With Ravi's permission, I have taken his test case and
modified it somewhat and uploaded it here.
My interest in the test case contained in
OpenJPABug453Embedded.zip concerned its behavior with regard
to the OpenJPA version that formed the basis for Kodo JDO
4.1.4, for which I have a related test case. The specific
version of OpenJPA of interest to me was rev547073, a
My goal was to determine whether the behavior was the same for
both Kodo JDO and the version of OpenJPA that Kodo uses. For
the same configuration (namely lazy-fetch of the Page.name
field, the clearing of fields at the end of a transaction, and
optimistic transactions), the behavior is essentially the
same. In both cases, a NPE in enhancement added code results
from a race condition.
The race condition arises from the repeated use of the
following logic in enhancement added code (expressed as pseudo
[PC object class].pc[SomeMethod]
if (pcStateManager == null)
... do something by default with current values in
... use pcStateManager, likely resulting in an
eventual lock, and possibly in a call back to
this object's PersistenceCapable interface
The race condition arises because the check of the value of
pcStateManager is obtained and used twice in succession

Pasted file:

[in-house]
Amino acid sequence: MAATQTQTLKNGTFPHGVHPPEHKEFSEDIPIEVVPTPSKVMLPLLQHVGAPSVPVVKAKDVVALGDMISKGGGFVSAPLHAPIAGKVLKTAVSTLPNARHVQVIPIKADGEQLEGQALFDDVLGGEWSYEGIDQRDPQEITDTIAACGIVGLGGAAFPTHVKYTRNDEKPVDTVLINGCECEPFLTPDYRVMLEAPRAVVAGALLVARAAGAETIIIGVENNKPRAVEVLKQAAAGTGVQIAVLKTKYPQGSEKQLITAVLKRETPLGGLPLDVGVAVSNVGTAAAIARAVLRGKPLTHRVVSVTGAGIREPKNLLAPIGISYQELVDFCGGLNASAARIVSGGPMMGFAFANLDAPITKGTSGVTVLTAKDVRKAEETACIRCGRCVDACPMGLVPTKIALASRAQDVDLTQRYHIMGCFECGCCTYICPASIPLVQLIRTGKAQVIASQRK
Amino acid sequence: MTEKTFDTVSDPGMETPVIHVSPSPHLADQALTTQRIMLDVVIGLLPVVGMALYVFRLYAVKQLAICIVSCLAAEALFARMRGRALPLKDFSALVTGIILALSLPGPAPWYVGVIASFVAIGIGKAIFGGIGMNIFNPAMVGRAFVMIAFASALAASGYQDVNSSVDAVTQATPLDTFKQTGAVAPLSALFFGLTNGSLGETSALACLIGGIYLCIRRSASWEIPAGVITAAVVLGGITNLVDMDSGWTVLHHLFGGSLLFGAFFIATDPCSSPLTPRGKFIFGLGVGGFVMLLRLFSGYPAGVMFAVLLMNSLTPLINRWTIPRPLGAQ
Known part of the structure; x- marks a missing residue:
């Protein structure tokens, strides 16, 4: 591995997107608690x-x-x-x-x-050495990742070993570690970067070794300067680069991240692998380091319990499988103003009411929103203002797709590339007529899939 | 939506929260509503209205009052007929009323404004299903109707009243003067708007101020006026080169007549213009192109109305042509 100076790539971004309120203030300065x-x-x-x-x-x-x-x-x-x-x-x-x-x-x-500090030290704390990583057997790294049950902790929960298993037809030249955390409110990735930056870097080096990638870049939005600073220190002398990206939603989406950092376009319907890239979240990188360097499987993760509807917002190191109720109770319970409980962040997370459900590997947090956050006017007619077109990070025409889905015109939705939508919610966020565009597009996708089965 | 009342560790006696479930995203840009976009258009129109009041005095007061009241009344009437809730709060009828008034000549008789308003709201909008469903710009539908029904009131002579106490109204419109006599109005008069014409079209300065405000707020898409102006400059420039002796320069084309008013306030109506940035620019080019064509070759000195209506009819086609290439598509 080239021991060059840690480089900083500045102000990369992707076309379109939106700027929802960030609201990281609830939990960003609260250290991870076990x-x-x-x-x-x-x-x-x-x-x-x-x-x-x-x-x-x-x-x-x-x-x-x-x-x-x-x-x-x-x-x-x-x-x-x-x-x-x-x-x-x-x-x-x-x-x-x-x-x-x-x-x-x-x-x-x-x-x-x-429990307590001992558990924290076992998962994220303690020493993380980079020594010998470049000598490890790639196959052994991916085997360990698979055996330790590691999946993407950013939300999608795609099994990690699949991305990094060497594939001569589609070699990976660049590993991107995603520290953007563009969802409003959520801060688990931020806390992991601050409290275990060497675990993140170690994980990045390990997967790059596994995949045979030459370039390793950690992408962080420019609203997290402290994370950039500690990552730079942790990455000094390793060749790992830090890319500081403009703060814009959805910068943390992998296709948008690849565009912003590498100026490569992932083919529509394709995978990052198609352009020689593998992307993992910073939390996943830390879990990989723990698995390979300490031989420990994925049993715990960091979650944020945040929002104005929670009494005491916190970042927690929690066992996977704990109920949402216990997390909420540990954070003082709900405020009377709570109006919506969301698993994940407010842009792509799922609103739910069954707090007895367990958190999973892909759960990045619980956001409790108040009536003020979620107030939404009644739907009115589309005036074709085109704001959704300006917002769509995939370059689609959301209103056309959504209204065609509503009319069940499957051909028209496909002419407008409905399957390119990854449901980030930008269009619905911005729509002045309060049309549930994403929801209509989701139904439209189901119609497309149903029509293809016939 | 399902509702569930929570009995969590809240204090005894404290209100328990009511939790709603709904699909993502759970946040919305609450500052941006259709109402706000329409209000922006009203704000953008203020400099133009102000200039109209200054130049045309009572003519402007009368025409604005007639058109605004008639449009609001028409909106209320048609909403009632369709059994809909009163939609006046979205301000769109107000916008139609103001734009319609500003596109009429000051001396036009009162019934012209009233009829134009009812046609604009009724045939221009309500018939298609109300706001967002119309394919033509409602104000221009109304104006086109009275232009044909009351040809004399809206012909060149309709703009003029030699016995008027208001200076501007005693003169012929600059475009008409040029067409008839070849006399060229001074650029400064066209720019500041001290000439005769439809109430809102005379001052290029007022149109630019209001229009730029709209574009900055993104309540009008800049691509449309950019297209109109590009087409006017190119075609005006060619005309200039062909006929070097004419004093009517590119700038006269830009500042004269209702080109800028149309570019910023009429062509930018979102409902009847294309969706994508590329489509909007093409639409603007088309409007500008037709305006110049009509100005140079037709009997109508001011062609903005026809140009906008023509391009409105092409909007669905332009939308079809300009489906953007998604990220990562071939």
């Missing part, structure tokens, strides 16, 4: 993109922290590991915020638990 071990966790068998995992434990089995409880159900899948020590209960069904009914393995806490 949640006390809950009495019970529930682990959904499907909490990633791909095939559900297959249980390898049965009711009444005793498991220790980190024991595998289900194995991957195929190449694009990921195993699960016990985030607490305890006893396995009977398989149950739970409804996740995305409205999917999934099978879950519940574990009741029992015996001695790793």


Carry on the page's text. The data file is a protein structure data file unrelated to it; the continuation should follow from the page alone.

without first locking the state manager. Another thread using
and having locked the state manager has the time to alter the
state of this pc object, including nulling out its
As a result, a NPE can occur in the else clause above, or in
the callback from the state manager to other enhancement added
methods where the assumption is that pcStateManager reference
is not null.
The behavior for OpenJPA 2.0 and trunk is somewhat different,
and Ravi is looking into this configuration.
For the specific problem encountered by this test case in the
configuration that I tested, the work around is to eagerly
load the Page.name field. This is the default configuration
for JPA (as well as JDO.)
The test case represents a problematic use case. Before a fix
should be attempted, I believe it is important to come up with
one or more test cases that represent real-world use cases.
The test case has the following design. It consists of three
threads. The main thread sets up a reference to a FCO
persistent Book object and its embedded (SCO) Page object. The
book has a title field and the page has a name field. The
domain is reasonable and appropriately simple for a test case.
The main thread sets up two runnable threads. The transacting
thread cycles transactions as quickly as possible continually
changing the book's title and committing. This is a reasonable
stress condition. The read-only thread uses the self-same book
object to continually get the book's page and read the page's
name. The configuration is for optimistic transactions, with
the clearing of transactional objects' transactional state at
the end each transaction (RetainState == false), and the
allowing of non-transactional reads. Multithreading is set to
The general use case and application design behind this test,